Happy practitioner of AZE7or8or9or10 | Team Finances > FICO
Message 4 of 15
Anonymous
Not applicable

Re: Is a student loan that bad?

A lot of people say they are really bad because they get stuck with predatory lenders. 

I think it depends on what type of lender you go to. I have heard very little complaints about student loans from well established banks, but I've heard plenty about Sallie Mae, College Ave etc. (private lenders).

It also depends on what type of borrower you are. If you know that you can complete the monthly payments and you are extremely confident on the terms and conditions then they are not "bad" per say.

 

I think your fathers idea of you leaving for one year to work might be a good idea. Also, since you are a recently divorced mother of three and you're going to a communtity college, they should be able to grant you some type of grant.

Have you tried FASFA? or grants for displaced homemakers? 

Message 5 of 15
Anonymous
Not applicable

Re: Is a student loan that bad?


@Anonymous wrote:

I'm in my second year of community college, compared to universities, tuition seems fairly cheap to me. It's 2500-3000 per term.

I have enough left in my college fund that my parents set up for 2 terms out of the 4 terms total that are left. 

My parents don't share much when it comes to financials, so I don't want to share on a public forum. However, my mother frequently complains about my dads spending and bill amounts. They should be pretty well off from what I could tell.

My father says after I use up my college fund I should leave college and work to save up the 5000(approx) for the last two terms. 

However, I am recently divorced single mother of 3 young children. Not possible to get a job within reasonable distance (as far as gas money goes) that can afford all me and my kids need and save up 5000 before my credits expire. 

 

Side note: I'm enrolled in a program that has 22% job growth outlook and easily within 2yrs in the field with good experience, could be making upwards of 65k which is much better than my usual 15k

 

I have a long history of struggle with college, working to get my financial aid back. My dad is extremely against any sort of loan. Reminds me each term "NO LOANS"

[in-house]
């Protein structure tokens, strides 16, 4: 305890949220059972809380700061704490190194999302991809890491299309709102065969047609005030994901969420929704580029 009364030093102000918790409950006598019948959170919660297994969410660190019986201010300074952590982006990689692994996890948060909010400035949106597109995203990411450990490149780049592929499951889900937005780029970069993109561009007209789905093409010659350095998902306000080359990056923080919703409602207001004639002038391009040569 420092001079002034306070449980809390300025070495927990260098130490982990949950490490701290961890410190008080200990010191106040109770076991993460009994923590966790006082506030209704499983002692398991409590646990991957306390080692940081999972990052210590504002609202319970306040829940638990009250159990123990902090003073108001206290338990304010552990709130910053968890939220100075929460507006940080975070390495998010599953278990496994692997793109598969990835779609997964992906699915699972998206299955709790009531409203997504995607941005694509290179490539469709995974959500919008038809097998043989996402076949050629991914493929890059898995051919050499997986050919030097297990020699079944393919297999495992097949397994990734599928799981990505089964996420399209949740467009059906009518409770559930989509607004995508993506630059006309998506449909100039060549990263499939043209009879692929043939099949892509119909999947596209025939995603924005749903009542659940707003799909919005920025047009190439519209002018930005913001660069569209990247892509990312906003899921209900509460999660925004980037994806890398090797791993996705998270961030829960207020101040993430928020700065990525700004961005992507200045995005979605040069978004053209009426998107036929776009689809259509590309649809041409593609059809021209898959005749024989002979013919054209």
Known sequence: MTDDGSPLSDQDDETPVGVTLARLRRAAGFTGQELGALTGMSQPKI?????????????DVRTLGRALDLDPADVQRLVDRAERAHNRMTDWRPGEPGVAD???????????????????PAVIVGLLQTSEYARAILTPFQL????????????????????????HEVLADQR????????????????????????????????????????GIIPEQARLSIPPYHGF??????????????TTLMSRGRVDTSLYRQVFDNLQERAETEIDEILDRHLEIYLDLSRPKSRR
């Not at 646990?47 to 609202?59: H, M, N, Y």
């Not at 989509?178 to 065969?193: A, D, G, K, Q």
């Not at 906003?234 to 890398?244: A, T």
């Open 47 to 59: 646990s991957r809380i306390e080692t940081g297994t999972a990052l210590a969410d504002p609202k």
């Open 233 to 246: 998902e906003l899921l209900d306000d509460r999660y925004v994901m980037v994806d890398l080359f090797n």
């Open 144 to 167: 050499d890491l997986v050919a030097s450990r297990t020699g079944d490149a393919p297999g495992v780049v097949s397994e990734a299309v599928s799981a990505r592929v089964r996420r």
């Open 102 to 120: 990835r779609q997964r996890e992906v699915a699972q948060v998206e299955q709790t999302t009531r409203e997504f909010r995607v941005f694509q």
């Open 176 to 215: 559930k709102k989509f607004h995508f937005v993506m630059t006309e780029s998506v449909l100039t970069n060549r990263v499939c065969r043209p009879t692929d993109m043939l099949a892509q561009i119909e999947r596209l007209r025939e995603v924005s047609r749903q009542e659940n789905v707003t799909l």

Big question: Is getting a student loan so bad? I have other resources maxed out, (other than grants/scholarships due to current, temporarily inability to get financial aid) and I can afford books and supplies. 


It always amazes me that people will be against taking out a student loan but will march down to a car lot and finance a car that as soon as you turn out of the parking lot the car will go down in value.  But when approached about a student loan that could possibly (depending on your major and job demand) you can make more money than  you could without said degree.   If the job you're looking at getting into has a good job demand and this degree will allow you to get your foot in the door I'd say take the loan.  Business 101 says "in order to make money you must spend money".   A doctor will leave med school on average owing over 200K in loans.   Ask yourself this question.  Have you ever seen or met a broke doctor?   Have you ever heard of a doctor struggling with bills?   I haven't.  They drive nice cars.  Live in nice houses and are in a career that the 200K was an INVESTMENT in themselves that will be made back 3 times or more.  

Message 6 of 15
OmarR
Established Contributor

Re: Is a student loan that bad?


@Anonymous wrote:

Ask yourself this question.  Have you ever seen or met a broke doctor?   Have you ever heard of a doctor struggling with bills?   I haven't.  They drive nice cars.  Live in nice houses and are in a career that the 200K was an INVESTMENT in themselves that will be made back 3 times or more.  


My wife works in the medical field and my Fortune 500 company position had me working with doctors up until recently. 

 

Doctors can ABSOLUTELY be broke. No different than any other profession that thinks that they are smarter than the system.

 

My wife works with a doctor, who is married to another doctor. They EACH make about $250k/yr. The husband needed the wife to co-sign for his $100k Tesla. Nice car. Nice house. They own a stable with horses. And they live paycheck to paycheck. 

 

I worked with a doctor who admitted to me that her $300k student loans was "like their own 2nd mortgage" at $2k/month payments.  And with the interest 6%, she had no idea how she was going to pay it off. Her credit shot, too. She makes triple my salary and I wouldn't even think about lending her any money. 

 

If your income is X, and you constantly spend and/or borrow 2x, that's just simple math.  

 

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Message 7 of 15
jmw1
Frequent Contributor

Re: Is a student loan that bad?

The vast majority of college degree programs are garbage as far as improving future salaries. If you can get the education for free, sure. The school is not a good source of advice as far as whether a degree program will lead to a better job because they want you to pay and enroll.  Unless the degree in a patient facing health field, accounting, or computer science, I would be wary of spending money on a degree. Even business administration is not a great bet, but would be OK if tuition is really low.